The mares attacked her and kicked her to bits before we got to her.


She was worse. So pain and punishment was clearly not the answer.

Brandy had string-halt. It made it difficult for her to step down while backing out. So we found why she originally panicked. By the time Kathy asked for my help it was a terrible vice. If you know me at all, you know I didn't really care why she did it. She was capable of stepping out, so she was going to.

This is what we did. It worked so well I have used it on every other speedo backer since. I have not been let down.

We began with a fifty foot cotton rope. As a matter of fact, this was the horse who helped me learn to love my fifty foot cotton rope.

I would tie the 50 foot rope on her halter and run it through the front window while she was still tied to the trailer by her other lead rope.

Then we would untie her from the trailer before letting her out. The 50 foot rope would still be attached to the halter, but not tied to anything.

I always untie a horse in the trailer before unloading. I've seen a horse caught under the trailer with it's head still tied. The horse died. So I will always untie before I unload. Every horse, every time.

We didn't open the door until she was standing up, off the butt bar and quiet.

This took hours and hours by the way. Kathy and I cleared the week-end, it was a damn good thing.

Kathy stood holding the 50 foot rope at the front of the trailer and I would begin to open the trailer.

If, I mean when, Brandy slammed into the butt bar, we closed the trailer up and waited for her to be quiet.

Probably 20 or 30 times here, so don't get impatient.

Finally she stood quiet in the trailer and we dropped the butt bar.

Kathy was at the front holding the rope. I was at the back with a longe whip.

When Brandy flew back, and fly she did, we let her rip. Kathy held the rope, but didn't pull, just let it run through her heavily gloved hands.

I just got out of the way.

The second she stood up I began to whip her pasterns (no blood, but I made my point) and Kathy started to tow her back in.

No kind words, or mean ones for that matter, we just towed and whacked her back into the trailer.

Then we started over.

Same drill, over and over.

Eventually, like five or six hours later, Brandy stood at the open trailer and waited.

So did we.

She cautiously took one step back.

She stumbled on her bad leg and scurried the rest of the way.

We said, good girl, dried her off and put her to bed.

We hauled and unloaded this way probably ten times before she got better. I never repeated the exercise if she was quiet. She was loaded when we went somewhere and unloaded when we got there. I'm a big believer in a process making sense to a horse. If we loaded her over and over it would only frustrate her and us.

Brandy got over it.

This method has never let me down. I have noticed that 95% of the horses who do this have a stiffness or pain somewhere.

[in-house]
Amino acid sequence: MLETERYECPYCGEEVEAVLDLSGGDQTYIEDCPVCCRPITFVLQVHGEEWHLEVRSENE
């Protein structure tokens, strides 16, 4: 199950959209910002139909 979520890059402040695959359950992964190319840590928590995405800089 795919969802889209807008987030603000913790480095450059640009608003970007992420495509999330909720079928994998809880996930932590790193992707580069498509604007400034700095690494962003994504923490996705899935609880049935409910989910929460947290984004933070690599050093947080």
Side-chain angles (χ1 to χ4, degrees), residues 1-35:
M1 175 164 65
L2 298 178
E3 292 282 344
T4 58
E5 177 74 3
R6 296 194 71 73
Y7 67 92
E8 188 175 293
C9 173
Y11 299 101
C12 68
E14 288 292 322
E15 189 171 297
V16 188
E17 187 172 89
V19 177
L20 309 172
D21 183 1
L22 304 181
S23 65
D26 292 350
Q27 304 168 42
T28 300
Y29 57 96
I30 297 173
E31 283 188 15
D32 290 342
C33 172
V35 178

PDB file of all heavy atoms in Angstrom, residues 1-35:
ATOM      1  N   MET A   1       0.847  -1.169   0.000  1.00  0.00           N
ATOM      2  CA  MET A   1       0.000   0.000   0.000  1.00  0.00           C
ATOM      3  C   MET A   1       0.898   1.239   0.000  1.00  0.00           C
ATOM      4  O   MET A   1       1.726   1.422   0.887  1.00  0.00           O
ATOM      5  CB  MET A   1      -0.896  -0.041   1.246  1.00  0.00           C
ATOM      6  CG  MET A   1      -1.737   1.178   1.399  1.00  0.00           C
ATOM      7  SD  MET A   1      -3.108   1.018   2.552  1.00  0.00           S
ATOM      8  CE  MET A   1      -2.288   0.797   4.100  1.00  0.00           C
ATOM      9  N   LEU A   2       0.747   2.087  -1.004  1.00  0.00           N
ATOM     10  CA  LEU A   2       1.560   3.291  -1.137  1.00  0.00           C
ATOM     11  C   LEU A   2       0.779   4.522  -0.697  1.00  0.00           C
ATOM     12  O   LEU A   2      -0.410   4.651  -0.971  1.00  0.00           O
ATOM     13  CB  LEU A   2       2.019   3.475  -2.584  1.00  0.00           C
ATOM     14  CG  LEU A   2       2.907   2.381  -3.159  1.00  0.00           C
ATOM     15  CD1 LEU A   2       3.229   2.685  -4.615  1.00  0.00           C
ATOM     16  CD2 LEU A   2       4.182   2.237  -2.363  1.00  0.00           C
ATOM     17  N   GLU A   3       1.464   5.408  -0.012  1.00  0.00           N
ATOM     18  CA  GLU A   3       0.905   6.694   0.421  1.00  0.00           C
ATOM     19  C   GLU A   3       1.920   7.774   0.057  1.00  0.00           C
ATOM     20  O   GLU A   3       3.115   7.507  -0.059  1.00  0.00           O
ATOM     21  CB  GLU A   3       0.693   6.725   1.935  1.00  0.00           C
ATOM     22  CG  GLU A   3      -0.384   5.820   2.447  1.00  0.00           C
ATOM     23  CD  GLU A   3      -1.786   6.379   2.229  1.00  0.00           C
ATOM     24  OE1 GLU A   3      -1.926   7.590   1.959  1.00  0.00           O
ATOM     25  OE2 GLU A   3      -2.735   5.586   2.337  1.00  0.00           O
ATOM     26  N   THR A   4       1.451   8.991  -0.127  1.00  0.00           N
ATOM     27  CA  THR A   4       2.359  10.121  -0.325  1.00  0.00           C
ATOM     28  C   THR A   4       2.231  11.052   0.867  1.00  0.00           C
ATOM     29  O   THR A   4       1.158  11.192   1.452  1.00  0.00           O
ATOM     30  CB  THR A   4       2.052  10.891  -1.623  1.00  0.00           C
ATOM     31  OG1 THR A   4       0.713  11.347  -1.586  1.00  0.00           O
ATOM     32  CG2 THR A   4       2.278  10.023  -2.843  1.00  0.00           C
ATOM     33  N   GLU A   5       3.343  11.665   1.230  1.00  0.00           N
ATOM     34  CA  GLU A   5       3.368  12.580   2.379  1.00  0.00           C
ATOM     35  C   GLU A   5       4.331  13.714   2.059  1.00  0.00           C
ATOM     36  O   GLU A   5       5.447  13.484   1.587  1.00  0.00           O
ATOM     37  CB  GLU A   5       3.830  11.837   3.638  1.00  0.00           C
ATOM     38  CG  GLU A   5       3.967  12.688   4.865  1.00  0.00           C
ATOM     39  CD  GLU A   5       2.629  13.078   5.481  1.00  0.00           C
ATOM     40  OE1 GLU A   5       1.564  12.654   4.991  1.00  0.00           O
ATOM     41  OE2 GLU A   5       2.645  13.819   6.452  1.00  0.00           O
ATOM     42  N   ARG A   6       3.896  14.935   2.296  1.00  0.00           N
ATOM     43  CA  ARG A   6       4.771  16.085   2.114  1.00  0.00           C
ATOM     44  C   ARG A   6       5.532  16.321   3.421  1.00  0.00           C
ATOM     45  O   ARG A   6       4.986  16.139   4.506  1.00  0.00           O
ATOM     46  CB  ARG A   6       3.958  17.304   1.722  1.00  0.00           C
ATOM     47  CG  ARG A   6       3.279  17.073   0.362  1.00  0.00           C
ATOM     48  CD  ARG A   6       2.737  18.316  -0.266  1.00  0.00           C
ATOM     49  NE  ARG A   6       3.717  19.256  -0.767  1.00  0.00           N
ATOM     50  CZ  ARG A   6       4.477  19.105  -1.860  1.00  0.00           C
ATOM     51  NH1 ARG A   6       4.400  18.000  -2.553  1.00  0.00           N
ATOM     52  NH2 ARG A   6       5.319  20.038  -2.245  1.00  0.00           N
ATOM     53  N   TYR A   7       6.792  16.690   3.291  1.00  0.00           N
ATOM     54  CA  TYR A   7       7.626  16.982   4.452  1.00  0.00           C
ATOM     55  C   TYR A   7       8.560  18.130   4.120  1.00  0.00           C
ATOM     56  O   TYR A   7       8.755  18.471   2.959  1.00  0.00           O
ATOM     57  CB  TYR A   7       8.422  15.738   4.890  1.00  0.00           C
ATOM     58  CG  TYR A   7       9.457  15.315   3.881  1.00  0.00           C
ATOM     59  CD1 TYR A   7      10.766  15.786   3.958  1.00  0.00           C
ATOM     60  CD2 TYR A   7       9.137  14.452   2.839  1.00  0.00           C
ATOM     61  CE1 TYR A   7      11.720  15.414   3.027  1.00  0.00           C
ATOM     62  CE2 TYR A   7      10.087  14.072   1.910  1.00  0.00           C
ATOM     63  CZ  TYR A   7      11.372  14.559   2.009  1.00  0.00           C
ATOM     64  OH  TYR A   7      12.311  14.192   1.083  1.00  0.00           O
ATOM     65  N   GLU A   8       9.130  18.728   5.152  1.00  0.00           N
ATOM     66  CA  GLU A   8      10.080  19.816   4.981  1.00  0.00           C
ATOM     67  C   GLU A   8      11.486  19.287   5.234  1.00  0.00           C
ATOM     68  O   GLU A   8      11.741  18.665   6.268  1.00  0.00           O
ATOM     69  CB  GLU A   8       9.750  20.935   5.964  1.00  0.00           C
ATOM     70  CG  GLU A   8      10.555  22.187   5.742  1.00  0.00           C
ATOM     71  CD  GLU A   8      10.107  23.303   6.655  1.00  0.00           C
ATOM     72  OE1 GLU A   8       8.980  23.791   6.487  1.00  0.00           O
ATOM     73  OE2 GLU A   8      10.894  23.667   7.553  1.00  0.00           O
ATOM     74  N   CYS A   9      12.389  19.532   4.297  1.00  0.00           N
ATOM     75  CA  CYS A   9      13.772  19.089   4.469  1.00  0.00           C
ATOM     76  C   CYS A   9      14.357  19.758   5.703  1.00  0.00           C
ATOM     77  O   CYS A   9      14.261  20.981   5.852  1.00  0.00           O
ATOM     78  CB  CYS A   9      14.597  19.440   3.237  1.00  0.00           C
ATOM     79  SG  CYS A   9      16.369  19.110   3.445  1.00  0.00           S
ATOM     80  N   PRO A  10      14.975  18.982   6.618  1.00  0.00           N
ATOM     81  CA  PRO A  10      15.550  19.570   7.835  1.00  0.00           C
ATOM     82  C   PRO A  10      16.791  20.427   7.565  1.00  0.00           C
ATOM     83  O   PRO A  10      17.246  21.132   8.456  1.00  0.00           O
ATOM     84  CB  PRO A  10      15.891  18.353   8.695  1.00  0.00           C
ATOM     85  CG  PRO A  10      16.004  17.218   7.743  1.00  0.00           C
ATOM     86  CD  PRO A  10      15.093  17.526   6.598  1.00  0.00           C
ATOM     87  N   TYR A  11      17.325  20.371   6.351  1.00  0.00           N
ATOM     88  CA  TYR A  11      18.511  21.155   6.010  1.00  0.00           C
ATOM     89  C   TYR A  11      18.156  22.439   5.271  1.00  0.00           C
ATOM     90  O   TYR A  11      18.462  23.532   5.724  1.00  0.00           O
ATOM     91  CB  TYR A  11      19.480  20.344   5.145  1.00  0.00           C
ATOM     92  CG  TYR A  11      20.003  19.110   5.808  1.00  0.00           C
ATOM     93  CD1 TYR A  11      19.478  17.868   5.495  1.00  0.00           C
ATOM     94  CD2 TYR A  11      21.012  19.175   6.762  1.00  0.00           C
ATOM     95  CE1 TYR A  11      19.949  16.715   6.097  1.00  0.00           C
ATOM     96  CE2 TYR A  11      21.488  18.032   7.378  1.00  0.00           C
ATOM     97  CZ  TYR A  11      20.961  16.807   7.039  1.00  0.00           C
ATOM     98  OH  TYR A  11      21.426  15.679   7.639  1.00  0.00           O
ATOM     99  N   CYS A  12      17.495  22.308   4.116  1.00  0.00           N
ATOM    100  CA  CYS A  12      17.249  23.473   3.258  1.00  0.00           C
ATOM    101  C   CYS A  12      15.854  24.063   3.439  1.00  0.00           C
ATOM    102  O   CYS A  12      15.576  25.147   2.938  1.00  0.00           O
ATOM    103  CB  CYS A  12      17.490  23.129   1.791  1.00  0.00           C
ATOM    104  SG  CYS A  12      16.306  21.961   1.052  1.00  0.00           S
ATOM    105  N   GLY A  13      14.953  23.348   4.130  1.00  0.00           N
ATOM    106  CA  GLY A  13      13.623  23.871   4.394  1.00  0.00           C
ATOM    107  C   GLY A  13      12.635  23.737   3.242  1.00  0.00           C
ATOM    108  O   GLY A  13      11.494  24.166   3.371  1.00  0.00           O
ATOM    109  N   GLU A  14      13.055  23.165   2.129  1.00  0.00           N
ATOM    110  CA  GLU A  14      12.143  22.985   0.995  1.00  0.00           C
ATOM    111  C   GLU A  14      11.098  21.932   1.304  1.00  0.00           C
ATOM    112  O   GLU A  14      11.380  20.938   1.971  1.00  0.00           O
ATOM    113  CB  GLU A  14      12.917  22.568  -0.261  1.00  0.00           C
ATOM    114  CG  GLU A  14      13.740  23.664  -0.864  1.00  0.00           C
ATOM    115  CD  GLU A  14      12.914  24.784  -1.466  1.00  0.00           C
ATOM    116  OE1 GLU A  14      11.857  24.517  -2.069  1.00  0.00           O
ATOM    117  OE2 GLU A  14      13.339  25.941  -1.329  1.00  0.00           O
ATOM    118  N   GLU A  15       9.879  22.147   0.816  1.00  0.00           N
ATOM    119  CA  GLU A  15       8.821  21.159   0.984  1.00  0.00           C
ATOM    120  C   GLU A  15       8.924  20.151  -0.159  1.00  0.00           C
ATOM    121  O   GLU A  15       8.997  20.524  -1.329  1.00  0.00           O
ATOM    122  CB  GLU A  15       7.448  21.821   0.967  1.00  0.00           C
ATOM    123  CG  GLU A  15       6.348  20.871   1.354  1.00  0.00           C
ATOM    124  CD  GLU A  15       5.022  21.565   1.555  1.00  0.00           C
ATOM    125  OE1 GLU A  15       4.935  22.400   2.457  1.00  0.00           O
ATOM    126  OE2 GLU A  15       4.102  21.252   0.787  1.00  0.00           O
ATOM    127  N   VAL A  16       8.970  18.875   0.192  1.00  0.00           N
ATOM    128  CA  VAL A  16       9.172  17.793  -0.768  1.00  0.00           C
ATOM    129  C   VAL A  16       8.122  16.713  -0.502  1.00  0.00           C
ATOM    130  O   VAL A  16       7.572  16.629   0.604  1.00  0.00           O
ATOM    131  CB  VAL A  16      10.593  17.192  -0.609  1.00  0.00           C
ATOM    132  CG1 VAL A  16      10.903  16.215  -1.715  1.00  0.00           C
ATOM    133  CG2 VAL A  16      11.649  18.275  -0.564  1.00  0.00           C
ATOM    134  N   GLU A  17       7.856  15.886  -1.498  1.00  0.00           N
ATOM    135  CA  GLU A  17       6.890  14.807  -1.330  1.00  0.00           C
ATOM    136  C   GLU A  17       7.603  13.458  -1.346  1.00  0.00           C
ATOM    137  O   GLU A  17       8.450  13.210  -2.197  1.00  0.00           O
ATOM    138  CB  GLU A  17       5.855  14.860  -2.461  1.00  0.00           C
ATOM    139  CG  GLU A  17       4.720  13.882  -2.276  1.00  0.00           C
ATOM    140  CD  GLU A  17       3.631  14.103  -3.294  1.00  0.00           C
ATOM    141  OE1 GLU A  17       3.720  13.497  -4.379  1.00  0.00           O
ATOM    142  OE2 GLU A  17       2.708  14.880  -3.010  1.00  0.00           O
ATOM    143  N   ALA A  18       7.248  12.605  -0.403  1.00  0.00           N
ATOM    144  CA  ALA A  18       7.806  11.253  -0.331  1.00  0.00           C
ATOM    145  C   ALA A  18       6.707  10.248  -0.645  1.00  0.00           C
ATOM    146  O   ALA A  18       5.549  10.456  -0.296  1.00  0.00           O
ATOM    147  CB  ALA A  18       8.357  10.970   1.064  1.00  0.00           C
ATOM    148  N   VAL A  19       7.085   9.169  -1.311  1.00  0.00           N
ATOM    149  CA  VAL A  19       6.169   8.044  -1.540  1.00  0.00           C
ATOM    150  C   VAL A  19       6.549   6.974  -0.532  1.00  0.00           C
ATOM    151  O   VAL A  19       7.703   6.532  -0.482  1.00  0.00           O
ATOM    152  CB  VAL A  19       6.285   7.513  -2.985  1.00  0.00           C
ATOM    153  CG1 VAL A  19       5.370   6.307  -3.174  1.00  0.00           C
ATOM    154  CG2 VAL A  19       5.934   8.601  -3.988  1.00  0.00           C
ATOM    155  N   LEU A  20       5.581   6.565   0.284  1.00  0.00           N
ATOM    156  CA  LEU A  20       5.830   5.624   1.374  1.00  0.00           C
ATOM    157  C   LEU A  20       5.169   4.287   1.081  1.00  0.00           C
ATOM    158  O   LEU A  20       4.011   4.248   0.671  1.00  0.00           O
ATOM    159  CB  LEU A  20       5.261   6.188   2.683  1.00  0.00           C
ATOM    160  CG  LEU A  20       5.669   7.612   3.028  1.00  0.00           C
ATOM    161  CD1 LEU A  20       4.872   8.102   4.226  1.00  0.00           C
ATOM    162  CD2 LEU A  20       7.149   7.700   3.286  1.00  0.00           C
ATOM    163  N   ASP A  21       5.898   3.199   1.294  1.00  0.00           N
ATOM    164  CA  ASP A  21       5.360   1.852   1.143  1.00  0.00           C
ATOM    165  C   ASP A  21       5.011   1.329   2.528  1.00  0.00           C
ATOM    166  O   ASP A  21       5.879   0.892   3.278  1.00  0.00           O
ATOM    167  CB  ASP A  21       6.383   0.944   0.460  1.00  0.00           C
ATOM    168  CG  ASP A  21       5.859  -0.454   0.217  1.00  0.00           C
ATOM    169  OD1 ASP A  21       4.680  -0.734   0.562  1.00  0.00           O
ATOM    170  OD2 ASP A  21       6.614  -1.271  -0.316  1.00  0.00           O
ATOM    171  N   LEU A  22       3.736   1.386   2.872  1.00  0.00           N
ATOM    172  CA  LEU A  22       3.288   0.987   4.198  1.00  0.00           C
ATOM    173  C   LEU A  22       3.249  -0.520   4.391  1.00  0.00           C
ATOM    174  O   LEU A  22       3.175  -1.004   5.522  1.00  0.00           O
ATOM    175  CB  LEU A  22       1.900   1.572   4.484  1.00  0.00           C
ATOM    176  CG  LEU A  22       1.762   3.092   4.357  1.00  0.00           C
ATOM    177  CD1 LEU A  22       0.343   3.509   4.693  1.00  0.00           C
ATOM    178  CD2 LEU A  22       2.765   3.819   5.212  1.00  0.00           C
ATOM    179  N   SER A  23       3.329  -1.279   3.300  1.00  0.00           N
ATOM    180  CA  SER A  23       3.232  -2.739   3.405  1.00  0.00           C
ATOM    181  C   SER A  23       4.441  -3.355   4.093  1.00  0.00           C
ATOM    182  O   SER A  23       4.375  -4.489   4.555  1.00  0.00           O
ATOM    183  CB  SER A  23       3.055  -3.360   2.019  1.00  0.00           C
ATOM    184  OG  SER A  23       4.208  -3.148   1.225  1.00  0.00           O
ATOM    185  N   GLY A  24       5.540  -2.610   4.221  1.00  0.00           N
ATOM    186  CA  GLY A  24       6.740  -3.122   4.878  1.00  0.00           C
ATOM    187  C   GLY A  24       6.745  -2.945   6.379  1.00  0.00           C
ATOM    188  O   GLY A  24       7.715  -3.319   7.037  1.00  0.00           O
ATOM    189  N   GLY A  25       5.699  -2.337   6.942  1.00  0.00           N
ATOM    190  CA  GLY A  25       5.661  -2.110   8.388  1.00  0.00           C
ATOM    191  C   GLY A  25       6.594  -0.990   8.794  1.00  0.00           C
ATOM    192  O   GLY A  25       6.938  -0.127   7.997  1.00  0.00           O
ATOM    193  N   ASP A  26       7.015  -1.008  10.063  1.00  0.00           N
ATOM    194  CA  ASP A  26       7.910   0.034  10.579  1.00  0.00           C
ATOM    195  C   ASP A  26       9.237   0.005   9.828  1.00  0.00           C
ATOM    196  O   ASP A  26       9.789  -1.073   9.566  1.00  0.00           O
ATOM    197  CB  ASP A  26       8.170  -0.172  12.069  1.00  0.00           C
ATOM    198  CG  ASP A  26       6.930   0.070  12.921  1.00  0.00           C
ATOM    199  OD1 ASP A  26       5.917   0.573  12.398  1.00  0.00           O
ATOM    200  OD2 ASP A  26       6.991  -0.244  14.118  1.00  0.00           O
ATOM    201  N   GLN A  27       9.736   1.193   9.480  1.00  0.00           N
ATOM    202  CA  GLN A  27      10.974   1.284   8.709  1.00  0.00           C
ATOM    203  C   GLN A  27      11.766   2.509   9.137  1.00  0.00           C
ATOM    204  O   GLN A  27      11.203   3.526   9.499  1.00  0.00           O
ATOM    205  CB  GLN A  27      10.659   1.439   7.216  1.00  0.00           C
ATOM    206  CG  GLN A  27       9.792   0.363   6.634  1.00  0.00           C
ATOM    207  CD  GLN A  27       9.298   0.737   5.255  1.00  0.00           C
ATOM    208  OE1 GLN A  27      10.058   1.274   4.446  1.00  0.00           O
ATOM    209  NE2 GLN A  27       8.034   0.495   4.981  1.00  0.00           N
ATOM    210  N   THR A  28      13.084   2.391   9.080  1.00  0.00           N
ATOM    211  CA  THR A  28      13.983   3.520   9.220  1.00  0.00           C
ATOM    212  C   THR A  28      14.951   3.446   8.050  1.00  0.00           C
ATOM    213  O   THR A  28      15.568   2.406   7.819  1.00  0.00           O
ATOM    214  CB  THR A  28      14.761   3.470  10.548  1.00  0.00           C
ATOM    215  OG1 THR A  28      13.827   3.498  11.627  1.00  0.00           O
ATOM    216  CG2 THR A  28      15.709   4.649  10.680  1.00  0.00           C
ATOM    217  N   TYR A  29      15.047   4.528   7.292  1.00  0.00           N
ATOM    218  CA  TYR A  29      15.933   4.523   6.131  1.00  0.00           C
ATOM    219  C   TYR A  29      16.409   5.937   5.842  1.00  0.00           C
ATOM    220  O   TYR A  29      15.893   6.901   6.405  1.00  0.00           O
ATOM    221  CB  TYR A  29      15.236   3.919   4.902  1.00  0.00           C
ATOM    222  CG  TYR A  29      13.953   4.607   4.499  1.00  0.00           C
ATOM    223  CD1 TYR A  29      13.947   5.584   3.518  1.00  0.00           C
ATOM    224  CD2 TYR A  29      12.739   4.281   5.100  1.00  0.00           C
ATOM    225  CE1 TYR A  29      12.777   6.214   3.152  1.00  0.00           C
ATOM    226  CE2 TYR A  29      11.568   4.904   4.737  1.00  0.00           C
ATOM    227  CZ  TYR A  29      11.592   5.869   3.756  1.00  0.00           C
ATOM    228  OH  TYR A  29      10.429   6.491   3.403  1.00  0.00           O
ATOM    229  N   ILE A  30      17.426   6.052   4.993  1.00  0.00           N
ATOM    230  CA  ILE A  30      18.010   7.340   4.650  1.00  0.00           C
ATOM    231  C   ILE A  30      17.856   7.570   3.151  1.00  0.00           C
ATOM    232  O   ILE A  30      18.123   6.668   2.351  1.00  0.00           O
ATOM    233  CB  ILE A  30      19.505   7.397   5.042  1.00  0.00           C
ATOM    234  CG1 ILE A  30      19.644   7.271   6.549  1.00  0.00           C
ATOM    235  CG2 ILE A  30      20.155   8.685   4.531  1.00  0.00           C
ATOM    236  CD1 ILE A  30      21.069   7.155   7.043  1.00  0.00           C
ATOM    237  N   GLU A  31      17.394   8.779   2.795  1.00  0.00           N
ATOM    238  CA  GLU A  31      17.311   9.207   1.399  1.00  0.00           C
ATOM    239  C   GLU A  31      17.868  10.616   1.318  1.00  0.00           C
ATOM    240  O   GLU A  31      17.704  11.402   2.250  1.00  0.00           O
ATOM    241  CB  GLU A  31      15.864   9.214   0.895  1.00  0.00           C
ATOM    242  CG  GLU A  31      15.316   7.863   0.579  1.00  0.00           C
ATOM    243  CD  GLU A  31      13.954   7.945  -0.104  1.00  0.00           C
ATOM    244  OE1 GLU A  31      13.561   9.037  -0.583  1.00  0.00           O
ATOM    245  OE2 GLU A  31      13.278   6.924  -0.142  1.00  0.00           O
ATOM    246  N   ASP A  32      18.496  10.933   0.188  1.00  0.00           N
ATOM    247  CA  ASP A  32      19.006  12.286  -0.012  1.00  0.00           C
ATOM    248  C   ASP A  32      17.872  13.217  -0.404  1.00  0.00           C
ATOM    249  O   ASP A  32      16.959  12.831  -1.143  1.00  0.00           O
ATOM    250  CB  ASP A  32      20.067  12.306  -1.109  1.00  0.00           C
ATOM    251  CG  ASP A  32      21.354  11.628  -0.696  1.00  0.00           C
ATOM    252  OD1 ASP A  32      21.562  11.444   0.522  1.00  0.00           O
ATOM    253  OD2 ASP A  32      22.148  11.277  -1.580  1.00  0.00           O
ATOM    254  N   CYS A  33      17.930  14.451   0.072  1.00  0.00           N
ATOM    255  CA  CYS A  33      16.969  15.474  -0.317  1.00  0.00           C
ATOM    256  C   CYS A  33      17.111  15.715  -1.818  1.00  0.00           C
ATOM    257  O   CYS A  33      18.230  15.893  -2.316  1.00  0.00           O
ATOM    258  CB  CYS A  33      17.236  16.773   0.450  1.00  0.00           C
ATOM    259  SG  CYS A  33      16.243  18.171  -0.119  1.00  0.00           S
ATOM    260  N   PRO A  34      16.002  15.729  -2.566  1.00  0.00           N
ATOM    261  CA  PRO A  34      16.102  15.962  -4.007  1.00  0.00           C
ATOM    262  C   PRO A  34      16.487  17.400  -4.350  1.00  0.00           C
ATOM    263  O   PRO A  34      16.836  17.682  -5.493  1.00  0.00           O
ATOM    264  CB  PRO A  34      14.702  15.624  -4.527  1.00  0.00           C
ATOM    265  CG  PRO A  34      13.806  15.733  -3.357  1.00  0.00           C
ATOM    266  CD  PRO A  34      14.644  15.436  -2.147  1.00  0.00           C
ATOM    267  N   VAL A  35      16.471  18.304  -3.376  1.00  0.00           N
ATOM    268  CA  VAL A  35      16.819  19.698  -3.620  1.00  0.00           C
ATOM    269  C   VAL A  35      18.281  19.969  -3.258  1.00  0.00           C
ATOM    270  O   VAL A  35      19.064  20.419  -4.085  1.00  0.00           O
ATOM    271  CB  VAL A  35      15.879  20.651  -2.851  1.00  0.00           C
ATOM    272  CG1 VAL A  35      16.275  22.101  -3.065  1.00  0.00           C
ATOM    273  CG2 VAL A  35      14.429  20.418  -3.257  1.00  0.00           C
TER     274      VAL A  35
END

I am never discussing this again.

Now on to redsmom and Queenie, and their battle of the sidepass.
I had a few thoughts when it came to Queenie. I have a very clear picture in my mind. I see Redsmom pushing and shoving on Queenie as she leeaannnns into Redsmom, all four dainty little feet firmly planted into the ground.

My guess is Redsmom feels vaguely homicidal at the end of these sessions.

One of the most important things I ever learned as a young trainer was this.
If you push your horse she will push back.
If you pull your horse she will pull back.
If you drag on your horse the horse will drag back.

I know I said one thing, but these are all connected.

Steady pressure = steady pressure back.

Guess what? Our horses are bigger than we are. They win.

If a horse can't set herself against the pressure she will move away. Period.

You guys have heard me say, bump, bump, bump.
Pull and release, pull and release.
Things like that, right?

So here's a ground exercise for everybody with a dull, pluggy, slow or contrary animal.

Stand with your horse in a halter.

Stand facing the side of your horse as if you are going to mount.

Tip your horse's nose slightly towards you, put the flat of your other hand where your heel would go if you're asking for a turn on the forehand, (about 12 inches behind the cinch) and puuuuuussssshhh.

If you get movement, it will be slow and muddy feeling. If you keep pushing the horse will eventually stop and lean on you. Or if you have a stinker like Queenie she will start out by leaning on you.

Now try this. Instead of pushing her, poke her with your thumb.

Start with a soft poke, then a medium poke, then poke hard enough to make your thumb sore.

One, two, three.

If you don't get any response at first just keep repeating the set of three pokes. 1, soft, 2, medium, 3, OW!

You can substitute the handle of a crop if you want, but no whacking! Just poke! With energy!

Just repeat and repeat.